Sharp Aims at Consumer Sweet Spot Partway to Ultra HD

Quattron+ to split the difference between HD and UHD formats

Sharp's Quattron+ aims for consumer sweet

Sharp Electronics today announced a new line of flatscreens that it hopes will provide consumers an affordable steppingstone to the new Ultra-HD format.

Sharp’s “Quattron+” TVs will have twice the pixels of todays’s full-HDTV sets, but half that of true Ultra-HD; that is, 4 megapixels instead of 2 megapixels. (True UHD is 8 megapixels.) The company was able to tinker with the electronics of HD flatscreens to split each pixel in two.

Since no one is creating content for 4-megapixel screens, Quattron+ TVs will have a built-in upscaler to let HD content play with the enhanced resolution. The sets are also to be capable of receiving a UHD TV signal, which would then be downscaled.

Sharp is hoping to find a sweet spot for TV sales between the elite performance and high prices of UHD and the commoditized HD TVs now for sale.

“This is a higher-resolution product at more reasonable price,”  said Tony Favia, senior product manager, large-screen TVs, Sharp. Favia added that the Quattron+ is the first HDTV that can receive a UHD signal, so it’s “future proofed” for consumers.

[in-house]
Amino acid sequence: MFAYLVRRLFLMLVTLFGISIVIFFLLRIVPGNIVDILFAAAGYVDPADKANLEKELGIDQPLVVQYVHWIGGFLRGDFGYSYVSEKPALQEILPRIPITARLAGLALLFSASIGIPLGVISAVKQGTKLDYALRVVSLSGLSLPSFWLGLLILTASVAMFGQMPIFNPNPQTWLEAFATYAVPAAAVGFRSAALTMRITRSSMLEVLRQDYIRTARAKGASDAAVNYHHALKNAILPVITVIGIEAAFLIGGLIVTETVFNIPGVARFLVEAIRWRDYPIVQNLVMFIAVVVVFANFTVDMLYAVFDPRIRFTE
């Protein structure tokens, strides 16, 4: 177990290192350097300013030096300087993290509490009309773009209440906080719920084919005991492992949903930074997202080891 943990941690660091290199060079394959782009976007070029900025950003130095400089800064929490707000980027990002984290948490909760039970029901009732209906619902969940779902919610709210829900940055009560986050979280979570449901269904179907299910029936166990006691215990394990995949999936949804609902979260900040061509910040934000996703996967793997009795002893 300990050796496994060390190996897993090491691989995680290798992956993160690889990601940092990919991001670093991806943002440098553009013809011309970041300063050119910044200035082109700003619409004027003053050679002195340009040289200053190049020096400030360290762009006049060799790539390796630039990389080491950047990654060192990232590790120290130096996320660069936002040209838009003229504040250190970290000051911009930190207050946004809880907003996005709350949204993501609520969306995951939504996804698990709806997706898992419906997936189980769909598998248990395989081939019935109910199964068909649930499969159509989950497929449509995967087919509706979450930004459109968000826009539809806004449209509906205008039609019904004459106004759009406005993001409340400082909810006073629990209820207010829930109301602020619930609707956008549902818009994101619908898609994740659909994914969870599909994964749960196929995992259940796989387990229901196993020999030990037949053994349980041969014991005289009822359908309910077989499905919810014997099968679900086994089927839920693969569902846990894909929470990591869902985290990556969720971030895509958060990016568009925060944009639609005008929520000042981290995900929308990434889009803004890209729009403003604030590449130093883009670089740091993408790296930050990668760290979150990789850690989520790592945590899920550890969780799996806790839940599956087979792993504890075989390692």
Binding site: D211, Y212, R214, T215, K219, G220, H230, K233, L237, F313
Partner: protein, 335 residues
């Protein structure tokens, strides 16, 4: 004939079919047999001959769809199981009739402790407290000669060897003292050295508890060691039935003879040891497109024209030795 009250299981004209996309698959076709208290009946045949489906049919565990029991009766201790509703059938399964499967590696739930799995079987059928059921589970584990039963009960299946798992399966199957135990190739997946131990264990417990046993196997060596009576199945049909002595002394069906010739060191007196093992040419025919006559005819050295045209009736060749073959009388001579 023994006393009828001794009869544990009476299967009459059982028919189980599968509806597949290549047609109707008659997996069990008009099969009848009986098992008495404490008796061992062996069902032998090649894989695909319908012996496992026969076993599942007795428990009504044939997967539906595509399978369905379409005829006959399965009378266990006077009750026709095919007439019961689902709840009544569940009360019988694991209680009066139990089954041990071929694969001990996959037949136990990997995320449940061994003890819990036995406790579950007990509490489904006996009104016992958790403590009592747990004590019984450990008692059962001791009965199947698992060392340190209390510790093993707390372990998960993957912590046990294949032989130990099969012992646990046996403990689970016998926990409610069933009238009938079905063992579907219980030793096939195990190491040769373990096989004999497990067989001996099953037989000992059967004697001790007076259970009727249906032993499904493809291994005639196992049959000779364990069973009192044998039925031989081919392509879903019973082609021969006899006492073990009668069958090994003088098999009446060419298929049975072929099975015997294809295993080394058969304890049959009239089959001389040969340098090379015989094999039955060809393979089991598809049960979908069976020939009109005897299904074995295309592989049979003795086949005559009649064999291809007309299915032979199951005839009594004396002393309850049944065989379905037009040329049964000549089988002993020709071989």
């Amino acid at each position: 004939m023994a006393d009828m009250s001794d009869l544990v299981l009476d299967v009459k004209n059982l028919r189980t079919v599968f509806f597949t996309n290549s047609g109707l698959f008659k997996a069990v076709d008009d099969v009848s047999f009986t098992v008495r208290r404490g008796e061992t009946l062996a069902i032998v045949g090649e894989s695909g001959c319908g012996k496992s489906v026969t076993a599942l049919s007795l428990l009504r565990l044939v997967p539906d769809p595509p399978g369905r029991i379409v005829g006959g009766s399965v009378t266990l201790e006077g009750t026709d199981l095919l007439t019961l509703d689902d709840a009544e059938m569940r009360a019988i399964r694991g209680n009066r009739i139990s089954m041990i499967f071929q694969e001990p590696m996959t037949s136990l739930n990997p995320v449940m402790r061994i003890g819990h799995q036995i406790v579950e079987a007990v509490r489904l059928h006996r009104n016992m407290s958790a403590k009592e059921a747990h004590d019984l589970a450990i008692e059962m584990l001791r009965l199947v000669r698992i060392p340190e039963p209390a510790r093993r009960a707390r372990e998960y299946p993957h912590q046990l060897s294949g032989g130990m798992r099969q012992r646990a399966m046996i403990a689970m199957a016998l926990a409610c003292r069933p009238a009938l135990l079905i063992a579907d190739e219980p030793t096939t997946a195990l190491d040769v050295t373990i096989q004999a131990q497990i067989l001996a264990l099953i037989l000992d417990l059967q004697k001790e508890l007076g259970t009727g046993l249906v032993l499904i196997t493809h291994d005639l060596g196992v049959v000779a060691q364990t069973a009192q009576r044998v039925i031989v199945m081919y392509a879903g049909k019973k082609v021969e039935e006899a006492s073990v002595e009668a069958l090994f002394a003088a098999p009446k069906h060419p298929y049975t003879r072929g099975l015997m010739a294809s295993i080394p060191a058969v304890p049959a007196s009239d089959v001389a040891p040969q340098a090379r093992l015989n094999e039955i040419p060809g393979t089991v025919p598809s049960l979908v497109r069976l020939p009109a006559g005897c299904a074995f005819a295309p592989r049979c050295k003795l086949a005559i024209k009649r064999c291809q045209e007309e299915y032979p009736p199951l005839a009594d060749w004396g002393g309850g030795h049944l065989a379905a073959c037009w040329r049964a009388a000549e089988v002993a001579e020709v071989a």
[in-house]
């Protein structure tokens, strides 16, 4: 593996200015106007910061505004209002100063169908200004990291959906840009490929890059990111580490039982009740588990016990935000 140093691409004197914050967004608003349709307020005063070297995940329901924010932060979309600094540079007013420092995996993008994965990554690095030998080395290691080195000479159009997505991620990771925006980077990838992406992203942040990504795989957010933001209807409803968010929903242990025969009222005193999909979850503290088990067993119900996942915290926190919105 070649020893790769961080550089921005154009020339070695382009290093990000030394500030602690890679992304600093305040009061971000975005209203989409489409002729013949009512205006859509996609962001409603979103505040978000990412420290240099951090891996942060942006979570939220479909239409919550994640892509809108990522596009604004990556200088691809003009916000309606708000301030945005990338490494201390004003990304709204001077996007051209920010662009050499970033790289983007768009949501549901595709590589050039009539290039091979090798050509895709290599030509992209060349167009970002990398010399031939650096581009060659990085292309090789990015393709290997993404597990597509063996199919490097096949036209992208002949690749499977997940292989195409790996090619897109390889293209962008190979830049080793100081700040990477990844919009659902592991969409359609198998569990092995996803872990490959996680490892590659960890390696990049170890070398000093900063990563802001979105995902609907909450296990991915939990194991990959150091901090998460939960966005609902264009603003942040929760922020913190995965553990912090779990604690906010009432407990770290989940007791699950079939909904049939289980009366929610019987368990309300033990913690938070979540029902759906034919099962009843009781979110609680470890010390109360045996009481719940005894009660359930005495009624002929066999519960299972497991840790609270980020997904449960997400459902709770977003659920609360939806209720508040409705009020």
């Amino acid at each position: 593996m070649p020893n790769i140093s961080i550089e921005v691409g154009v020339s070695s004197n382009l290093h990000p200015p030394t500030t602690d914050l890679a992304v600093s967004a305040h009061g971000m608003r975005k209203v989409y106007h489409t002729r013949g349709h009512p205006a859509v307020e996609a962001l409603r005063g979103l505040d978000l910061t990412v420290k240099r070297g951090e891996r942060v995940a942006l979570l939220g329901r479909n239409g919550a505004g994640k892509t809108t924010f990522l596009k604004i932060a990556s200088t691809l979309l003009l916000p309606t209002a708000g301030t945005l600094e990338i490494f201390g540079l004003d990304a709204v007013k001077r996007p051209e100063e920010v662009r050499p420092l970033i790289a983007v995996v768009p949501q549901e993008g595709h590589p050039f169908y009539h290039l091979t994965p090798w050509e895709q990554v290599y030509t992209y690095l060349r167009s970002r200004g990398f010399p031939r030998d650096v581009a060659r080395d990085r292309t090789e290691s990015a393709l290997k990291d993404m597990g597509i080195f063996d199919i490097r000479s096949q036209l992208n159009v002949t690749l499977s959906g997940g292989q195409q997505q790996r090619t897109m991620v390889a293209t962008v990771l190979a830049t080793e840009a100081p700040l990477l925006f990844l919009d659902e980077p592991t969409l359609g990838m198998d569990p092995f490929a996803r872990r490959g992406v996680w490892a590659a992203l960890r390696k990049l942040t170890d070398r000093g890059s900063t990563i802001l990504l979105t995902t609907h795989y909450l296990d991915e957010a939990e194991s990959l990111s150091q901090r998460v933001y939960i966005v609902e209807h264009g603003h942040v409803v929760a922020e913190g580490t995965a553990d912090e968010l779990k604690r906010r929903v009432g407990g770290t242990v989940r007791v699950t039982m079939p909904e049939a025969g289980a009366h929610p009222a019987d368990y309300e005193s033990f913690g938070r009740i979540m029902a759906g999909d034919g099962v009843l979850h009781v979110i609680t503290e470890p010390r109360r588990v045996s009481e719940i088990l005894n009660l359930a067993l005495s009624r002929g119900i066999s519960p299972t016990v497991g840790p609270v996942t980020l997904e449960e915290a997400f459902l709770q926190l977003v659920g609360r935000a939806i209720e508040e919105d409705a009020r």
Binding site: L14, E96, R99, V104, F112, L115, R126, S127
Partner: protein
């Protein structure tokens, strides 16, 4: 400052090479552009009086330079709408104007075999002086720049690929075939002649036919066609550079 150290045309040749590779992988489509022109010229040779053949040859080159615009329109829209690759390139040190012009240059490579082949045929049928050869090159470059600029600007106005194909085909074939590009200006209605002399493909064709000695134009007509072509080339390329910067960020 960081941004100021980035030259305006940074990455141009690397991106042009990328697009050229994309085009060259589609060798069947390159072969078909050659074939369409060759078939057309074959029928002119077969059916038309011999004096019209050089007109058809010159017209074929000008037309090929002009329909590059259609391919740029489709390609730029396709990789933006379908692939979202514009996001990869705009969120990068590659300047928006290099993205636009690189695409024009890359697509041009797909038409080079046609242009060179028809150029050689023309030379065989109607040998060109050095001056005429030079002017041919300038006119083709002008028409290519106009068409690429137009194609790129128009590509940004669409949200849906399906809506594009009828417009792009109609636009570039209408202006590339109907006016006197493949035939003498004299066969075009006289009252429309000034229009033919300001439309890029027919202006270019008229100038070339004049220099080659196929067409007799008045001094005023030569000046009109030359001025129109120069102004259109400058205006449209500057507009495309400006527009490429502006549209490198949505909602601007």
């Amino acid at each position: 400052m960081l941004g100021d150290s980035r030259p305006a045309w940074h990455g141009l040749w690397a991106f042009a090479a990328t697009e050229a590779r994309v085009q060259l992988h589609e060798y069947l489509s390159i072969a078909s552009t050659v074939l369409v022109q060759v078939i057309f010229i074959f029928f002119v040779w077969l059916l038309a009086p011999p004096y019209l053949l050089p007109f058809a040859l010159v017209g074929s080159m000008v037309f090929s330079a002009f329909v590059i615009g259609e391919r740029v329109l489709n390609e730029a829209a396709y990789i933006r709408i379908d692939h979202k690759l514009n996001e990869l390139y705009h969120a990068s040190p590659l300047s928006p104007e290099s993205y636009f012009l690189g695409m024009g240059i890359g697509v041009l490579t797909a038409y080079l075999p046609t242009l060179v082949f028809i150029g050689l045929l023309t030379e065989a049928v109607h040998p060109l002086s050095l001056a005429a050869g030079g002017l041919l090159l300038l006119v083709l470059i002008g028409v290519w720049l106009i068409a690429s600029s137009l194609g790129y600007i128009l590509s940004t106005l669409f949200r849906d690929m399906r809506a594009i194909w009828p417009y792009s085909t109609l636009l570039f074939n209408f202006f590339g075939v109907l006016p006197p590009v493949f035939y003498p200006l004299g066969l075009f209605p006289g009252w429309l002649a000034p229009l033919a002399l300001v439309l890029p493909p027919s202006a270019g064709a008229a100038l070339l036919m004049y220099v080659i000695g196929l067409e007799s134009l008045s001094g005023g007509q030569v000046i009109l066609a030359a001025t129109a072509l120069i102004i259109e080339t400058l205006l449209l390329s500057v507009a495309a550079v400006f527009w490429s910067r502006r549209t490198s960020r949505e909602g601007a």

Sharp isn’t quite in the first rank of TV makers anymore, as Sony, Panasonic, LG and Samsung have pulled ahead. But the company has been charting its own path, emphasizing improved color using its 4-primary (red, green, blue, yellow) Quattron system while other makers have pushed 3D and UHD.

“We’ve noticed since we introduced Quattron in 2009, it makes an immediate difference when you have a difference in brightness and vividness of color. That is something that catches the consumer’s eye immediately,” said Favia. Sharp expects to continue to use the 4-primary Quattron system as it moves into 4K UHD sets as well.

Sharp is also working with Dolby at CES to demonstrate the high dynamic range Dolby Vision format, which would offer 100 times the peak brightness of today’s TV standards and would display far more colors as a result.